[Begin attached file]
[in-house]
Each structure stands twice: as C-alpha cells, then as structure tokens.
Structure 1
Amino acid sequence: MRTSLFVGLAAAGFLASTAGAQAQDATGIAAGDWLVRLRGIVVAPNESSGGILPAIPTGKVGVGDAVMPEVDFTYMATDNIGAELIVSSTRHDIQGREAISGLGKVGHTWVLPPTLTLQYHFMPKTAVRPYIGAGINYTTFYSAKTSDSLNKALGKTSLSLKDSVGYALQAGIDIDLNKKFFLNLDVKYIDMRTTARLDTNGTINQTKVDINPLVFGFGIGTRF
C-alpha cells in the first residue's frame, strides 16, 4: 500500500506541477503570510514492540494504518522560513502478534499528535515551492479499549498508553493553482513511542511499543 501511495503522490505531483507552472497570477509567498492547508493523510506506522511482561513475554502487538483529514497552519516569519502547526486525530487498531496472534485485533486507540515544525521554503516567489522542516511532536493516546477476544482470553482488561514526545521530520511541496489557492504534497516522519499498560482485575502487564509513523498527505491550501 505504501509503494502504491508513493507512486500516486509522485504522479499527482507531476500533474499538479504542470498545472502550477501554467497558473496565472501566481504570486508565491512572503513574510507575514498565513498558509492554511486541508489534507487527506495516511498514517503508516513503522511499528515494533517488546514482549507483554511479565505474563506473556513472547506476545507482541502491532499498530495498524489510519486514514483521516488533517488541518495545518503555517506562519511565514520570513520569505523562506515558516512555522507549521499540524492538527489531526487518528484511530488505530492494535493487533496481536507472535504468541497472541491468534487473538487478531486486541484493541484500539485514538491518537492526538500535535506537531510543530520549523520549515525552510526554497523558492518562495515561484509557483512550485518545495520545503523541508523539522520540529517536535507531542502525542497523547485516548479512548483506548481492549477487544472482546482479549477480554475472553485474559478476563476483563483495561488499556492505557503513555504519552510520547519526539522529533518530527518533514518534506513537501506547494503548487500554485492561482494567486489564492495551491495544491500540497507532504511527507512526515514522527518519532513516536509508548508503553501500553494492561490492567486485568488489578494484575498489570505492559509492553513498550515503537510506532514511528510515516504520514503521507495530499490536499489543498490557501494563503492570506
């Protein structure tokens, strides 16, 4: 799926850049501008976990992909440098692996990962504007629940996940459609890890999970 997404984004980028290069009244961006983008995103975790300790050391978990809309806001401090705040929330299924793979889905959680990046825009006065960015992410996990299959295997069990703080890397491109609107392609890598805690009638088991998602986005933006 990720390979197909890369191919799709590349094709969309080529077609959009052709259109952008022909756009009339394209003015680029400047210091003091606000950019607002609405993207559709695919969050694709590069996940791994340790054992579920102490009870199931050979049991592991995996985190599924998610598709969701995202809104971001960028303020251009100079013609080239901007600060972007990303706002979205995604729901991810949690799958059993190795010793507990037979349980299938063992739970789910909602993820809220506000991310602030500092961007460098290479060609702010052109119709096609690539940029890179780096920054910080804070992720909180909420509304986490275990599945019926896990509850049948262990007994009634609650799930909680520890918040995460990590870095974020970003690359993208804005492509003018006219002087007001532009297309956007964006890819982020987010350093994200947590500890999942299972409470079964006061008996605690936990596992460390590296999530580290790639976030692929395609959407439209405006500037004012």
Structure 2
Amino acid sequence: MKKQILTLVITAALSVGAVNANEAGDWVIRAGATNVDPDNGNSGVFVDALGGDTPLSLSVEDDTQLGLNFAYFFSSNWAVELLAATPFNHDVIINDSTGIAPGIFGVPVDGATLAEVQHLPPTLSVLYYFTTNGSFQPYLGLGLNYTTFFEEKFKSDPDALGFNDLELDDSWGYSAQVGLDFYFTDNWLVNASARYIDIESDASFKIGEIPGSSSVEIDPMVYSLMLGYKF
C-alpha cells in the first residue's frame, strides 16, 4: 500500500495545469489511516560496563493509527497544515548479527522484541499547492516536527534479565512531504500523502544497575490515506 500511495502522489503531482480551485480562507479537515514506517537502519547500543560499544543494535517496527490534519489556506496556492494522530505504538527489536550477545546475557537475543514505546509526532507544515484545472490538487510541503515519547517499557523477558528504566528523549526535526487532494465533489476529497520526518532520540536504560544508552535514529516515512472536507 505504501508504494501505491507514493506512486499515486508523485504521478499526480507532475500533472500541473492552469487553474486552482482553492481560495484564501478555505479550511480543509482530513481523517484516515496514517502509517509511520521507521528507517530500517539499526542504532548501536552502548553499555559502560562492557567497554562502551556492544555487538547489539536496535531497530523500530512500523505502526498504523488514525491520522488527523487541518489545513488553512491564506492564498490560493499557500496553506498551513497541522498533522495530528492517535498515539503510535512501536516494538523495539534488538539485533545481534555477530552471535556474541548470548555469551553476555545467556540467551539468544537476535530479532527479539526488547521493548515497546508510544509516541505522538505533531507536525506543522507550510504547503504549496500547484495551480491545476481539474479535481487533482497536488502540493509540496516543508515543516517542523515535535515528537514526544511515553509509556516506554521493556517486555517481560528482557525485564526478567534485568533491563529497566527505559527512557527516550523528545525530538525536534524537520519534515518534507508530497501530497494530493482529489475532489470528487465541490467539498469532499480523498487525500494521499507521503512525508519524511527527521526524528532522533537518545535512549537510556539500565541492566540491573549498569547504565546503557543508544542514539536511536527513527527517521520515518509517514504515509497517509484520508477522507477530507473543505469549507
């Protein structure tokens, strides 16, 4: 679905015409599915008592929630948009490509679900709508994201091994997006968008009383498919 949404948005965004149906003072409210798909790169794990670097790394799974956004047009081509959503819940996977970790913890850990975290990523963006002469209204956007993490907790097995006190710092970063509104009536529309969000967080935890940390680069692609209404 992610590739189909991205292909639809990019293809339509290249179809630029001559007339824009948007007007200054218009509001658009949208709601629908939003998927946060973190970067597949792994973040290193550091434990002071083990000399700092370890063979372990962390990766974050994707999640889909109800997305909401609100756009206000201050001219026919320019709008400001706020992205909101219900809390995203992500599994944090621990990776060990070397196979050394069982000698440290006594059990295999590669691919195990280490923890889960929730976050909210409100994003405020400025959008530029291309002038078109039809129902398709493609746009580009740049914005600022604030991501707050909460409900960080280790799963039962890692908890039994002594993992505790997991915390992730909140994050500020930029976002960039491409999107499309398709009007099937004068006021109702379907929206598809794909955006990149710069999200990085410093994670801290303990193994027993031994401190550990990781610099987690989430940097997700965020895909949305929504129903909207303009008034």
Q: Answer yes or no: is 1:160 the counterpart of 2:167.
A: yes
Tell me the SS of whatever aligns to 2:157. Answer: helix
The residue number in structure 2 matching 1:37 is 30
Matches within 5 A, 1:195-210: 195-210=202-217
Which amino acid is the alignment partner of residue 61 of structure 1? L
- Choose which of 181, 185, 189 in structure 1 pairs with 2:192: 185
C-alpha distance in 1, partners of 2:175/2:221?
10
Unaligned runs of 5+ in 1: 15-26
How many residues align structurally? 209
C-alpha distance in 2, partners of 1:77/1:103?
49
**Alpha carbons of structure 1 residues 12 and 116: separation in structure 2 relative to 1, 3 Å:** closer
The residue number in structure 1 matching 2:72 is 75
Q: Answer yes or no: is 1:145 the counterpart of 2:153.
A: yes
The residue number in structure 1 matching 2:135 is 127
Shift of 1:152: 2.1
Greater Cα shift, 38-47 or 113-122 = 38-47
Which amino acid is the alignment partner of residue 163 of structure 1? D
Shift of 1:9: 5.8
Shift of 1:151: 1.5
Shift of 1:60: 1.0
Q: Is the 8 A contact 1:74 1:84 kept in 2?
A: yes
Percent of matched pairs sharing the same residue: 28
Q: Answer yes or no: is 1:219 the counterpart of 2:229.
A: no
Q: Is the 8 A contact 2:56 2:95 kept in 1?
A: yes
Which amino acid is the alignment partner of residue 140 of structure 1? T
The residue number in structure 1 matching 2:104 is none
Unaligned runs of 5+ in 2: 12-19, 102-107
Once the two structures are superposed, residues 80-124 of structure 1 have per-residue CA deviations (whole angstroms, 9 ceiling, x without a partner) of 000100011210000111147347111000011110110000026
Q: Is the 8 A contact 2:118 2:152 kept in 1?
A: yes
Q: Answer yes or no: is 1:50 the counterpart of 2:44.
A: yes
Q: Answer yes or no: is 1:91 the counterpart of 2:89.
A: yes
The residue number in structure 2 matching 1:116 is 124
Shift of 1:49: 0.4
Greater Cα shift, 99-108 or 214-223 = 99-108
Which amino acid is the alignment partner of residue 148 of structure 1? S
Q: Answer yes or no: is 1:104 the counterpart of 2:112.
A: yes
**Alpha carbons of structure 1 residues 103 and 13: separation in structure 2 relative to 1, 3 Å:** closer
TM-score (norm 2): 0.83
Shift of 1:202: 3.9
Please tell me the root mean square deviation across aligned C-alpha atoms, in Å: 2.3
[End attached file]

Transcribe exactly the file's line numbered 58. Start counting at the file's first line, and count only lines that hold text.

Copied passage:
**Alpha carbons of structure 1 residues 103 and 13: separation in structure 2 relative to 1, 3 Å:** closer